First results presented of the research into diversity and inclusion within the electronic music industry

The first-ever independent research into inclusion and diversity within the electronic music industry was presented by Sarah Hildering and Samatha Warren at this year’s Amsterdam Dance Event. The intention is to present research into diversity and inclusion annually and compare annual results to see how the balance and equality in the music industry are progressing. Though a lot of previous research has focused on live music, what happens behind closed doors is rarely highlighted. The presented research focuses on the distribution, publishing, and recording sectors of the music industry.  It clearly demonstrates how the gender imbalance in the music industry is present: it addresses the percentage of women in organizations, minority experiences in the workplace, fair pay, bullying, harassment, and whether people feel taken seriously for the job they perform. Moreover, the first global Code of Conduct was introduced for music professionals and companies to adopt. This Code of Conduct offers guidance in raising the standards and eventually aims to eliminate discrimination, imbalance, bullying, and harassment in the music industry.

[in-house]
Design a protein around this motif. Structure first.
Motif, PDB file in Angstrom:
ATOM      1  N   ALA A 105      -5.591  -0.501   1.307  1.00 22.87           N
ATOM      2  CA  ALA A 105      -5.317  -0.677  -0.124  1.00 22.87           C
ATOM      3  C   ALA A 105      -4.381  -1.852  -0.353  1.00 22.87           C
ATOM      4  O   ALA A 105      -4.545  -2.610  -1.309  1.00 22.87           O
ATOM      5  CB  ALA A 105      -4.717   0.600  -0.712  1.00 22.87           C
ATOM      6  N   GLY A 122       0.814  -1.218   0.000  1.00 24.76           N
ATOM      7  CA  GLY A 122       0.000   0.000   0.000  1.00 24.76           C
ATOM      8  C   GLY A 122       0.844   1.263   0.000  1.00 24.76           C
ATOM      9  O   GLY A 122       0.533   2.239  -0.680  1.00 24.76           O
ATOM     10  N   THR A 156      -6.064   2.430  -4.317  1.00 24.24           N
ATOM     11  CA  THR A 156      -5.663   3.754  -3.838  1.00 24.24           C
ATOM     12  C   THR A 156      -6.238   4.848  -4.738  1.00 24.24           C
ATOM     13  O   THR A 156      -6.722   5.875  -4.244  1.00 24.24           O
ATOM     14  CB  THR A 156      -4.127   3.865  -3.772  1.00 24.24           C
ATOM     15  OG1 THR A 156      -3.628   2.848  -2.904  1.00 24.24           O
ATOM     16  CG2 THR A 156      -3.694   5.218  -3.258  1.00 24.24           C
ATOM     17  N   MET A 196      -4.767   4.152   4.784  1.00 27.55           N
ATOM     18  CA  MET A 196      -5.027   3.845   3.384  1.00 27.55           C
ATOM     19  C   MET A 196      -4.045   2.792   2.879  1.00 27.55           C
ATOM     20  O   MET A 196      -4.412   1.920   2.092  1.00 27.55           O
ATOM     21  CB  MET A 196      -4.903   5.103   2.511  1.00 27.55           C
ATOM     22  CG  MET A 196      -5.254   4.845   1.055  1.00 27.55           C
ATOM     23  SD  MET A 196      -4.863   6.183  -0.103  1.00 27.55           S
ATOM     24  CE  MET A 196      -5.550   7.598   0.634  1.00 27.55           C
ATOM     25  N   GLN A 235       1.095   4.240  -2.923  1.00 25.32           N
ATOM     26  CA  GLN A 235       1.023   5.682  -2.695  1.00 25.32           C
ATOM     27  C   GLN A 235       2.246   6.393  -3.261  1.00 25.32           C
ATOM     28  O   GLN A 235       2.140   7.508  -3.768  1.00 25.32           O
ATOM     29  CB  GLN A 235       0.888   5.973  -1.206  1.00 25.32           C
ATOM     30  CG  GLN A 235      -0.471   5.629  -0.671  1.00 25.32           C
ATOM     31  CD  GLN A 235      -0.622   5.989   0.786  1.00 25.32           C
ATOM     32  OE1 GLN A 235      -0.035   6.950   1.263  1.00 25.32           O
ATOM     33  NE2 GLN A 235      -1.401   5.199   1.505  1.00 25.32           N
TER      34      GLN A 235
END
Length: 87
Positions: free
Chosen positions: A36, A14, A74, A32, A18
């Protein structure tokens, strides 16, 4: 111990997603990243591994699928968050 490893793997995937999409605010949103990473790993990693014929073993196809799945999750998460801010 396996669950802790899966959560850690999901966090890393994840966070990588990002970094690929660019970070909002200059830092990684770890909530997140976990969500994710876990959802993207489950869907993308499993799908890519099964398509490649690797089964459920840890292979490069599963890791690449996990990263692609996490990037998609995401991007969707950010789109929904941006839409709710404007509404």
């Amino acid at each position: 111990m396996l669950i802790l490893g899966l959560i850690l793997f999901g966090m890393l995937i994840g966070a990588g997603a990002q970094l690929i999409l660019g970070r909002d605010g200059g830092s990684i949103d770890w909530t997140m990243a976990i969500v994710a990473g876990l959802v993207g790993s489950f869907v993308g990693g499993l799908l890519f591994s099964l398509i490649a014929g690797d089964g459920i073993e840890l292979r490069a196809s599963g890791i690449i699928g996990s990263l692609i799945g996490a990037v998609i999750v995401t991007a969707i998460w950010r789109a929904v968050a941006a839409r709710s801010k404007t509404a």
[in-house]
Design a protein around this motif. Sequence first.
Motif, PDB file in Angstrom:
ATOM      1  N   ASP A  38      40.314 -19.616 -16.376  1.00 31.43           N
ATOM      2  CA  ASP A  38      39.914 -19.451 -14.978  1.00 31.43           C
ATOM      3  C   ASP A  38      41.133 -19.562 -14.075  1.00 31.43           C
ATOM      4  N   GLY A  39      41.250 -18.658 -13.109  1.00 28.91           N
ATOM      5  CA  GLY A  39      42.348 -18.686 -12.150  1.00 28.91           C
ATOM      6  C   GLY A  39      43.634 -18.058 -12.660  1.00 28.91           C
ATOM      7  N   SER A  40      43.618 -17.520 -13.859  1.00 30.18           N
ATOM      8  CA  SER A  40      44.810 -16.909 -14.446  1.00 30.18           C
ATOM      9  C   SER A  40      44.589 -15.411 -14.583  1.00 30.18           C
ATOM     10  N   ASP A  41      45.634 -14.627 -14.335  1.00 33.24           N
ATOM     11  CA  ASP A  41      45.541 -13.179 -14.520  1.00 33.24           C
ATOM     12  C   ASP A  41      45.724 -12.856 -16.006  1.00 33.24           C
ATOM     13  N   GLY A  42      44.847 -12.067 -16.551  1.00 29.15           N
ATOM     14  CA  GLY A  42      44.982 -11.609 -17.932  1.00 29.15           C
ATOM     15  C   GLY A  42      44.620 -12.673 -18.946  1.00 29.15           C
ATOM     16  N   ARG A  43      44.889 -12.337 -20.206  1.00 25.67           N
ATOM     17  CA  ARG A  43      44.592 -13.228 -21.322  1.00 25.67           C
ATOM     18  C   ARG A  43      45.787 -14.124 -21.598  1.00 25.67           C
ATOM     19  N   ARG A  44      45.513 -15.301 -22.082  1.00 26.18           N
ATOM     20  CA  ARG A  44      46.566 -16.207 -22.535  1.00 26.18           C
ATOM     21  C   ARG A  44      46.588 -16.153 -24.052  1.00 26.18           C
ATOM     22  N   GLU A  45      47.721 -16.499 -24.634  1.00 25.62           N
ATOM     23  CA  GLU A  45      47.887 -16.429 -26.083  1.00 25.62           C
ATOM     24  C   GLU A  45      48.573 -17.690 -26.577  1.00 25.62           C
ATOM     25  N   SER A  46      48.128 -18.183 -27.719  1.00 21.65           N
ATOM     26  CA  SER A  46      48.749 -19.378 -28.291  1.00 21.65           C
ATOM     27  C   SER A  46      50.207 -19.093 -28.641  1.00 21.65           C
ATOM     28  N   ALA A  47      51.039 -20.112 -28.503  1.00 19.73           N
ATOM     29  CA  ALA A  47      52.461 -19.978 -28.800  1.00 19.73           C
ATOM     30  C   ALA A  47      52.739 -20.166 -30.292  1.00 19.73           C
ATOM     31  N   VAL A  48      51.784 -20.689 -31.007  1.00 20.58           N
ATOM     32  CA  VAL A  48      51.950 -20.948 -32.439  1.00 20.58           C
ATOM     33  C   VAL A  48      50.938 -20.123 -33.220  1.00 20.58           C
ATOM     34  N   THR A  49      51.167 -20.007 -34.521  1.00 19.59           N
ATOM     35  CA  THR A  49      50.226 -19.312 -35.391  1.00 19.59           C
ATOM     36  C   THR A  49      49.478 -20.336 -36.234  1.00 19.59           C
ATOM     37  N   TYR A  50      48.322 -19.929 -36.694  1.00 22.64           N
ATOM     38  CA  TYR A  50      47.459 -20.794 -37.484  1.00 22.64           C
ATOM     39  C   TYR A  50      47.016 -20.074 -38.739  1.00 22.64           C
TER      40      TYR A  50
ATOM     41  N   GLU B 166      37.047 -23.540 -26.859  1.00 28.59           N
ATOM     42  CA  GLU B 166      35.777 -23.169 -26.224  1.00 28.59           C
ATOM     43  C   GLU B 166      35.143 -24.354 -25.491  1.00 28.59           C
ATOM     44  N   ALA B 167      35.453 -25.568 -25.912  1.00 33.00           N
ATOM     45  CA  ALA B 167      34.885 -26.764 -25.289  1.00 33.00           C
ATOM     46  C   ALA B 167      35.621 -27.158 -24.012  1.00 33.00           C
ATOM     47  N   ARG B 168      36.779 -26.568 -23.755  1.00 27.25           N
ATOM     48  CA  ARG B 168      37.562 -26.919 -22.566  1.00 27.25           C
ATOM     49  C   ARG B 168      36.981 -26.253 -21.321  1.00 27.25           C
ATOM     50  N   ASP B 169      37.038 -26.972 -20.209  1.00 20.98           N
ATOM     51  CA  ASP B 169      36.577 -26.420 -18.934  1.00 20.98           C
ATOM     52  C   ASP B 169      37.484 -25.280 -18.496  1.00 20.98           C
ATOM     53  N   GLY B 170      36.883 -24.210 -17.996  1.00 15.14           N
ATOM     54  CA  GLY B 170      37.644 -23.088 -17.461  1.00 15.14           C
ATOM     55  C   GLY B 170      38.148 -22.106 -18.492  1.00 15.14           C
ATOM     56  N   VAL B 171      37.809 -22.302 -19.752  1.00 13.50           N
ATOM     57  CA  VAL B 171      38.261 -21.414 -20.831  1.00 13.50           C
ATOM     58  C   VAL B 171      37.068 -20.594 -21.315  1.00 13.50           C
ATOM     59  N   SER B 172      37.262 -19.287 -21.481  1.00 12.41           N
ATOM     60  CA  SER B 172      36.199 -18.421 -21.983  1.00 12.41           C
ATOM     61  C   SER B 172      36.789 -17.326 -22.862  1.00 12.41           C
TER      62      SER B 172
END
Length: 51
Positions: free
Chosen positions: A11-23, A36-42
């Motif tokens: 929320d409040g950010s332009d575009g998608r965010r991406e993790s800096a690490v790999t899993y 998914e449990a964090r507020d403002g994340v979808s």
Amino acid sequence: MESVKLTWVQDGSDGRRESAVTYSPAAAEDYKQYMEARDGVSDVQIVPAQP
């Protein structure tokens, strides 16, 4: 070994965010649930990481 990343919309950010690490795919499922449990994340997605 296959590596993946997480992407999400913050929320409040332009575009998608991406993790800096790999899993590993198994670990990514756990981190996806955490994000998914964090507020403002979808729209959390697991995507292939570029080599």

Read the full news article here.

CFP: Women Are not Born to Compose

On 27-29 November 2020, a conference aiming to investigate the music and the role of women composers from 1750 to 1950 will take place in Lucca, Italy. The program committee welcomes papers including, but not limited to:

    • Gender and genre: women composers and musical genres
    • Women composers’ impact on the development of musical forms and genres
    • Analytical and hermeneutic approaches to women’s music
    • Virtuosity
    • Women composers and their self-belief in the context of contemporary views on female creativity
    • Reflections on women composers’ position in the history of music
    • The critical reception of women’s works
    • ‘Heroines of the Risorgimento’: music as a means of conveying patriotic and liberal ideals in women’s works
    • Social expectations and possibilities of professional training for women composers
    • Women composers’ writings about their music (and that of others)
    • How has the social status of women composers been changing along with the transformation of the socio-cultural context?

The keynotes will be given by Mariateresa Storino and Susan Wollenberg.

The submission deadline is 5 April 2020.

See the original call for papers for more information.